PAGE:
11 Josh Adams (Wales): It was wonderful to see the exceptionally talented Semi Radradra (Fiji) in full flight on the biggest stage, while Makazole Mapimpi (South Africa) and Marika Koroibete (Australia) were also superb, but it was potentially a defining tournament for the Welsh flyer. The 24-year-old has taken to Test rugby excellently and has now shown the world what he is about after ending the World Cup as the top try-scorer. It wasn’t just his instincts for the line that stood out either but also Adams’ ability to make breaks and create opportunities for others.

10 Handre Pollard (South Africa): It is perhaps harsh on George Ford, who marshalled England’s backline well during the World Cup, while Wales’ Dan Biggar, France’s Romain Ntamack and New Zealand’s Richie Mo’unga had their moments of brilliance, but Pollard was consistent throughout and was simply magnificent in the final. Kicked well out of hand and off the tee, and always did the basics well, but the Springbok fly-half was also a threat when the opportunity presented itself, which kept defences honest.

9 Faf de Klerk (South Africa): Was strangely criticised within South Africa for kicking too much, but all he was doing was following a game plan and he did it to perfection. Box-kicks were accurate and varied, while his service was sharp from the base when the Springboks got into the right areas to attack. De Klerk was also outstanding in the final as he guided the team around the field. Elsewhere, Japan’s Yutaka Nagare, Wales’ Gareth Davies and New Zealand’s Aaron Smith enjoyed fine tournaments, but the South African takes it.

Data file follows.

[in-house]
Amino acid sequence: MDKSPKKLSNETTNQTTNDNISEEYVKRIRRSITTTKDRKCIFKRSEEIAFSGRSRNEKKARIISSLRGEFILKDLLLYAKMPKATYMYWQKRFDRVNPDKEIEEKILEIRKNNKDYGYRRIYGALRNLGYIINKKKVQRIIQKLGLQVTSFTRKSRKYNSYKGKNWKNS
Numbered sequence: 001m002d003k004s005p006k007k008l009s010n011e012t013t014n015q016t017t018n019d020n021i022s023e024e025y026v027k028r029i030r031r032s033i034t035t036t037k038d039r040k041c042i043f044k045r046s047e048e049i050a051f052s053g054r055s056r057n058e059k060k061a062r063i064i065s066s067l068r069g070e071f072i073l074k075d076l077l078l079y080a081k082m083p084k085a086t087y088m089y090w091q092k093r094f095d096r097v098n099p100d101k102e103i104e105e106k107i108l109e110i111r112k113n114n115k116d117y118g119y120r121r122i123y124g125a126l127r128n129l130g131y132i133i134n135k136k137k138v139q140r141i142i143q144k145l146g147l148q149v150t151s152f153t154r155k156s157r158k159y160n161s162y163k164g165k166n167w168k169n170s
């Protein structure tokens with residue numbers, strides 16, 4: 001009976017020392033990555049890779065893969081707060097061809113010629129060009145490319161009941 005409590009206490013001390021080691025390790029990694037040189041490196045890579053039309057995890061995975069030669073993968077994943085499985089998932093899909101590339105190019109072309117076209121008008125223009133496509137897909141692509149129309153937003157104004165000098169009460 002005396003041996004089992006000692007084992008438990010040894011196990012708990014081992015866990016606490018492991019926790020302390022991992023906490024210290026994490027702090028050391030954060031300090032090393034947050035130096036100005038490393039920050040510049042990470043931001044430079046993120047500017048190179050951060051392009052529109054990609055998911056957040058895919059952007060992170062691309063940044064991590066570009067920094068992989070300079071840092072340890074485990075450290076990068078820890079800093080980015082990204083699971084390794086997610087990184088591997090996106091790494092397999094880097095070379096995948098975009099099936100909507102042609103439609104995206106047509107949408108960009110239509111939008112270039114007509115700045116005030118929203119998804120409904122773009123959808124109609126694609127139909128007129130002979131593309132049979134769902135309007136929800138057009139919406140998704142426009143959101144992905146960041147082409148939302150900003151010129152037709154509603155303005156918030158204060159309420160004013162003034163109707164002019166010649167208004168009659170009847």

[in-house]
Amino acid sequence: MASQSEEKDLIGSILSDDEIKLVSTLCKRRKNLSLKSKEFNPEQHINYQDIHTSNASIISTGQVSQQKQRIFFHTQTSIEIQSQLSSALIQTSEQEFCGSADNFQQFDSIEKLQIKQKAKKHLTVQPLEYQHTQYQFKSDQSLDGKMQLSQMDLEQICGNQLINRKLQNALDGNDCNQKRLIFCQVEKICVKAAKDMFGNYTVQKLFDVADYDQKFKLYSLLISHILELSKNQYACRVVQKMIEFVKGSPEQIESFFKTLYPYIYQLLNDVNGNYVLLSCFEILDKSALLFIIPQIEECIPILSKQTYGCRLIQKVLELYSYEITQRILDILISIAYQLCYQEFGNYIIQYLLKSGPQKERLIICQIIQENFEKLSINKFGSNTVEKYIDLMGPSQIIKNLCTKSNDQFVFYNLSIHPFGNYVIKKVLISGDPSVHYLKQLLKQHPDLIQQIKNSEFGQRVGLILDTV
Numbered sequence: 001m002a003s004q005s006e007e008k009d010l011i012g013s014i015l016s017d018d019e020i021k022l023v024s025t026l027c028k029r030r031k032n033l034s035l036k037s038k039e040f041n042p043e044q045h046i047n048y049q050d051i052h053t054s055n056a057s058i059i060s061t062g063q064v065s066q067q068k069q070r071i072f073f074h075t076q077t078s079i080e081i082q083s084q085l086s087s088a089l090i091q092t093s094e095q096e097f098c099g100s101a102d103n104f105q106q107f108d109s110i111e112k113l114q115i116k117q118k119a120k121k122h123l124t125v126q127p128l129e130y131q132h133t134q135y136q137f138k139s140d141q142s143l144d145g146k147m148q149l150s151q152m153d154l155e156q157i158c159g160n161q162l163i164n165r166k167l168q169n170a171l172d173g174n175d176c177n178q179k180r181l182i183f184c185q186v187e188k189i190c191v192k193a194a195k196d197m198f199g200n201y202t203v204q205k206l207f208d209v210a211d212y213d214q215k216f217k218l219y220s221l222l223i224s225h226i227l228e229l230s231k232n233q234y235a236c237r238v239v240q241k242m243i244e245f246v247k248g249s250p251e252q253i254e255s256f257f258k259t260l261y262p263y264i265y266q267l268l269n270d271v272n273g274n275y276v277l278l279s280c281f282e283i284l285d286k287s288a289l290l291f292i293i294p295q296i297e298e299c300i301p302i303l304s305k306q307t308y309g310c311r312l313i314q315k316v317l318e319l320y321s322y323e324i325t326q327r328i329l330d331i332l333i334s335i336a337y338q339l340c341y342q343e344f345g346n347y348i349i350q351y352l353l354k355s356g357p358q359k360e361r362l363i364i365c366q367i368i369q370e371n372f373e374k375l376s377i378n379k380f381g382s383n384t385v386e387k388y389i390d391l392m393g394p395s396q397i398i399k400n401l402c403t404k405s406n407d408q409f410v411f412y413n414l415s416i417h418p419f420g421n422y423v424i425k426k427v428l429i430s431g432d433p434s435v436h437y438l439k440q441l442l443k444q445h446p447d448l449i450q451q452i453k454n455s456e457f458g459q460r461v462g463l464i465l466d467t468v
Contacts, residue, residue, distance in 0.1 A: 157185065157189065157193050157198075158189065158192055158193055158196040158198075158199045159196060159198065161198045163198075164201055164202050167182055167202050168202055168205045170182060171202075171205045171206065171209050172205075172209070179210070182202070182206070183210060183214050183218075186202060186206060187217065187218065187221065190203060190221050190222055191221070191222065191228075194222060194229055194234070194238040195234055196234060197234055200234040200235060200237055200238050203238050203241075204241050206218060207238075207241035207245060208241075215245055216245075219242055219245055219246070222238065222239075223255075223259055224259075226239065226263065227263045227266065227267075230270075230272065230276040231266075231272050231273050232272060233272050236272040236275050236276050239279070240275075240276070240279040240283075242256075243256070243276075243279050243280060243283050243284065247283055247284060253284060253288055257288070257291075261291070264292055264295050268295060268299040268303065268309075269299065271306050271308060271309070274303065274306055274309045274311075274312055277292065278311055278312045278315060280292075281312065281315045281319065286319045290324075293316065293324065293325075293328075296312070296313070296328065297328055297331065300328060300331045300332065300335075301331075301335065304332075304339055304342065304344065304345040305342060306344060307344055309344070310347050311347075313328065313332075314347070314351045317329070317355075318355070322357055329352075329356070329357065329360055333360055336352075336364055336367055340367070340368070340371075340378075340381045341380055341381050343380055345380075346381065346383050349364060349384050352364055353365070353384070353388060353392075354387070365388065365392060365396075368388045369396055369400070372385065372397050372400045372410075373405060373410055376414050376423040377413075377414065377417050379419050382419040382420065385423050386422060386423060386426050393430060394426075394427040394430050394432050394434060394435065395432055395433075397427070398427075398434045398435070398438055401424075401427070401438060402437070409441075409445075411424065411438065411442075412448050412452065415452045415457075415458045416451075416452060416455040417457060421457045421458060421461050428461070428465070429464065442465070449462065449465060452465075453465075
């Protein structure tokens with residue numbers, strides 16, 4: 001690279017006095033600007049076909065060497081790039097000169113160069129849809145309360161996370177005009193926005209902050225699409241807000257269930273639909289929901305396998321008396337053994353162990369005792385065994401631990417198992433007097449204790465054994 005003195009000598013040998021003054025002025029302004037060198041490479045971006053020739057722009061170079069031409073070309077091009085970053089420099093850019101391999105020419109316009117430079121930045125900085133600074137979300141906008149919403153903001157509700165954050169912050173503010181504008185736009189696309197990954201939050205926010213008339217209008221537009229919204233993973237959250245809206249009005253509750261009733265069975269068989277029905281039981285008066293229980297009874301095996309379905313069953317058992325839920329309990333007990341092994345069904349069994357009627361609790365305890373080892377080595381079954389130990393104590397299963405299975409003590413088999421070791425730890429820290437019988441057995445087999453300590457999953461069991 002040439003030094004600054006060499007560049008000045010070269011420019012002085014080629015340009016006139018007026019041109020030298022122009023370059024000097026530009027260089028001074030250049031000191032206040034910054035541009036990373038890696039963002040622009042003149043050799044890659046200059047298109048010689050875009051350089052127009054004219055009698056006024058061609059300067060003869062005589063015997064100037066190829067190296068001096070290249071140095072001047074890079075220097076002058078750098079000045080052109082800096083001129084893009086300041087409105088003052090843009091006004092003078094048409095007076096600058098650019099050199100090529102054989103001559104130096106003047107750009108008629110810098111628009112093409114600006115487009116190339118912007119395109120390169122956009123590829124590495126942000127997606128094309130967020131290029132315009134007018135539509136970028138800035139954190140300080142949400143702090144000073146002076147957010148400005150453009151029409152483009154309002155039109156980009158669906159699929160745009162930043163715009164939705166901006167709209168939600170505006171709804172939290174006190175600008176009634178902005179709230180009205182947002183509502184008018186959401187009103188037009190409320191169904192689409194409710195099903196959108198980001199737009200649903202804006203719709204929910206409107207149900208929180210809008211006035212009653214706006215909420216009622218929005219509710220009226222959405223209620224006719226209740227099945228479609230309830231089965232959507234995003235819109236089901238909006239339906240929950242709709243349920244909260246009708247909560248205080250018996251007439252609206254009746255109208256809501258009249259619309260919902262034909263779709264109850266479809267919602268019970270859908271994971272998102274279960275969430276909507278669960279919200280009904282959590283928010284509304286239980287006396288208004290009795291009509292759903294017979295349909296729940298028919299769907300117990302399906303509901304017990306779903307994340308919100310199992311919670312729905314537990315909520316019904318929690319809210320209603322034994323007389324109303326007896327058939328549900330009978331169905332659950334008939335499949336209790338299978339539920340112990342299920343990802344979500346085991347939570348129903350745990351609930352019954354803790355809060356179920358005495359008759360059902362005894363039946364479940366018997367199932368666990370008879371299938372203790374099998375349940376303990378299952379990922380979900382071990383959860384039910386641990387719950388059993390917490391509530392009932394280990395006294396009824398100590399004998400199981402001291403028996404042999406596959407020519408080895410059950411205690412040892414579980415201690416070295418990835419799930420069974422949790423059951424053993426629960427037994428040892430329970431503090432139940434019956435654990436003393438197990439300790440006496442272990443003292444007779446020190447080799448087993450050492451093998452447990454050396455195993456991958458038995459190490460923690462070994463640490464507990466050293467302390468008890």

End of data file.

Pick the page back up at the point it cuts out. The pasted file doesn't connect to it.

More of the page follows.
8 Kazuki Himeno (Japan): Duane Vermeulen shone for South Africa but Himeno gets the nod after coming to the fore with several excellent performances during the Brave Blossoms’ fairytale run to the quarter-finals. Himeno was one of Japan’s standout players and delivered his best performance in their stunning victory over Ireland during the pool stages. The 25-year-old came into Japan’s starting XV due to an injury to their first-choice number eight, Amanaki Mafi, but although Mafi had recovered by the time of the play-offs, he had to be satisfied with a place on the bench with Himeno firmly entrenched in the starting XV.

7 Tom Curry (England): Curry’s team-mate Sam Underhill was superb and wore the number seven jersey in most matches but the Sale Sharks man is mainly an openside flanker and, although he played mostly on the other side of the scrum, he was arguably England’s best player at the World Cup. The 21-year-old was colossal on defence and attack and came of age during England’s shock triumph over New Zealand in the semi-finals where his breakdown work – in tandem with Underhill – played a big part in the All Blacks’ downfall.